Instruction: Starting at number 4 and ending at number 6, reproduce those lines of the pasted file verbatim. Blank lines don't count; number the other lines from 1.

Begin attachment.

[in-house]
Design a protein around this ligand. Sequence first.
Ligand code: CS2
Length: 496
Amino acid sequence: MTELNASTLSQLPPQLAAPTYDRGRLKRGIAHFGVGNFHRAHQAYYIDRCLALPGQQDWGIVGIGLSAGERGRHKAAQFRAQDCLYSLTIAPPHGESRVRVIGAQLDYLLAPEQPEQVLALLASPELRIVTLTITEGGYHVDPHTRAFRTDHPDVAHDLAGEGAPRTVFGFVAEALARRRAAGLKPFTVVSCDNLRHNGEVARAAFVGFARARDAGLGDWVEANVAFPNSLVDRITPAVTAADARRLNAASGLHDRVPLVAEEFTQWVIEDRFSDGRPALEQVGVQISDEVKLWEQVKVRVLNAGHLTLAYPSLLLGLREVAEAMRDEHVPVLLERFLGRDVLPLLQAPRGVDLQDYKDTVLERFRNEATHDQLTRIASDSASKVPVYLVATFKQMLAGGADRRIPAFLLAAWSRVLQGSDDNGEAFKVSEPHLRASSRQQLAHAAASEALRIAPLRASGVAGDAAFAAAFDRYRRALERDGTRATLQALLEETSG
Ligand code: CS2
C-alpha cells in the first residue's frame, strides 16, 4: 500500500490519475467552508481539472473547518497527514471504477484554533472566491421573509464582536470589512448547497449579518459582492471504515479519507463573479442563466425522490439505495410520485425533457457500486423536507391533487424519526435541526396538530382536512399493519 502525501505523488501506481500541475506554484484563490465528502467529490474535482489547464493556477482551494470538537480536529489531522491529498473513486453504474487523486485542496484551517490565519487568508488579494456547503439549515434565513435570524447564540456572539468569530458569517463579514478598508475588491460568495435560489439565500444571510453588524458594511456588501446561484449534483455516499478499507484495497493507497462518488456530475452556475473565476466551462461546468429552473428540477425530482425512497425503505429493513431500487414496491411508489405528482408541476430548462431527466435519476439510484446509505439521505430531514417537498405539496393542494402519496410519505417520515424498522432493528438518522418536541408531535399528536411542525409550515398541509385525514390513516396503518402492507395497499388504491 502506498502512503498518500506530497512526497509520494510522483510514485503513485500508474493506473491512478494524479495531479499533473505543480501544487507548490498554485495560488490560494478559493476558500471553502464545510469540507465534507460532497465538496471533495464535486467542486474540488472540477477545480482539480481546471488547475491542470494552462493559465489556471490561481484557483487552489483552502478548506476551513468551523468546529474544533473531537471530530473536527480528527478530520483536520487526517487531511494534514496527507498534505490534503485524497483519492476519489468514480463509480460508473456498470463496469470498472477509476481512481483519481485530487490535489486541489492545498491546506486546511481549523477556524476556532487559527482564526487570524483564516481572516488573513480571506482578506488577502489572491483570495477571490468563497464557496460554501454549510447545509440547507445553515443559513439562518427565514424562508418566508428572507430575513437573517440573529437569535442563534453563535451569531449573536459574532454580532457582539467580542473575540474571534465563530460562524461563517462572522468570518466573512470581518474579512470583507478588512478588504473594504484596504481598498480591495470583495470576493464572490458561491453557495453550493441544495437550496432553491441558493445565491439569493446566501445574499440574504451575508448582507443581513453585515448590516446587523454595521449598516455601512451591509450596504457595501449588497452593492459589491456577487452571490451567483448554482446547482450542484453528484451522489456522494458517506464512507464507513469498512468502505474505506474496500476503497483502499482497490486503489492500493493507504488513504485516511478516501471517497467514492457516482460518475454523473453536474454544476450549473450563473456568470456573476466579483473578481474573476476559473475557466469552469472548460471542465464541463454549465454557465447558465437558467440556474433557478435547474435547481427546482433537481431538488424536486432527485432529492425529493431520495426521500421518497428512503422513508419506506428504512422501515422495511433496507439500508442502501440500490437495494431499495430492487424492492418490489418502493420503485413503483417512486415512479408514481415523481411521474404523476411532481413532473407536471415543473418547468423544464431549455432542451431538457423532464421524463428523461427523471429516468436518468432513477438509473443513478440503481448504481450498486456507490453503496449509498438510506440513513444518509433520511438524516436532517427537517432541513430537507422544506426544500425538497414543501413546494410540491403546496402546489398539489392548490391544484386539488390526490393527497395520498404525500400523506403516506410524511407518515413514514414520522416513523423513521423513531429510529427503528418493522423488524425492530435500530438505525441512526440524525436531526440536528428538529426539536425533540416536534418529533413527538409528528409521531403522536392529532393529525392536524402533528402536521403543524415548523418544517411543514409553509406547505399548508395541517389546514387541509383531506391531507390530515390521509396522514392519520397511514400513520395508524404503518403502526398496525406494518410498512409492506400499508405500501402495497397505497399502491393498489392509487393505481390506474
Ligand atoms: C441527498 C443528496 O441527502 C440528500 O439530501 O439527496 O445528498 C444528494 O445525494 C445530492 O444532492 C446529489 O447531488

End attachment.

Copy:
Length: 496
Amino acid sequence: MTELNASTLSQLPPQLAAPTYDRGRLKRGIAHFGVGNFHRAHQAYYIDRCLALPGQQDWGIVGIGLSAGERGRHKAAQFRAQDCLYSLTIAPPHGESRVRVIGAQLDYLLAPEQPEQVLALLASPELRIVTLTITEGGYHVDPHTRAFRTDHPDVAHDLAGEGAPRTVFGFVAEALARRRAAGLKPFTVVSCDNLRHNGEVARAAFVGFARARDAGLGDWVEANVAFPNSLVDRITPAVTAADARRLNAASGLHDRVPLVAEEFTQWVIEDRFSDGRPALEQVGVQISDEVKLWEQVKVRVLNAGHLTLAYPSLLLGLREVAEAMRDEHVPVLLERFLGRDVLPLLQAPRGVDLQDYKDTVLERFRNEATHDQLTRIASDSASKVPVYLVATFKQMLAGGADRRIPAFLLAAWSRVLQGSDDNGEAFKVSEPHLRASSRQQLAHAAASEALRIAPLRASGVAGDAAFAAAFDRYRRALERDGTRATLQALLEETSG
Ligand code: CS2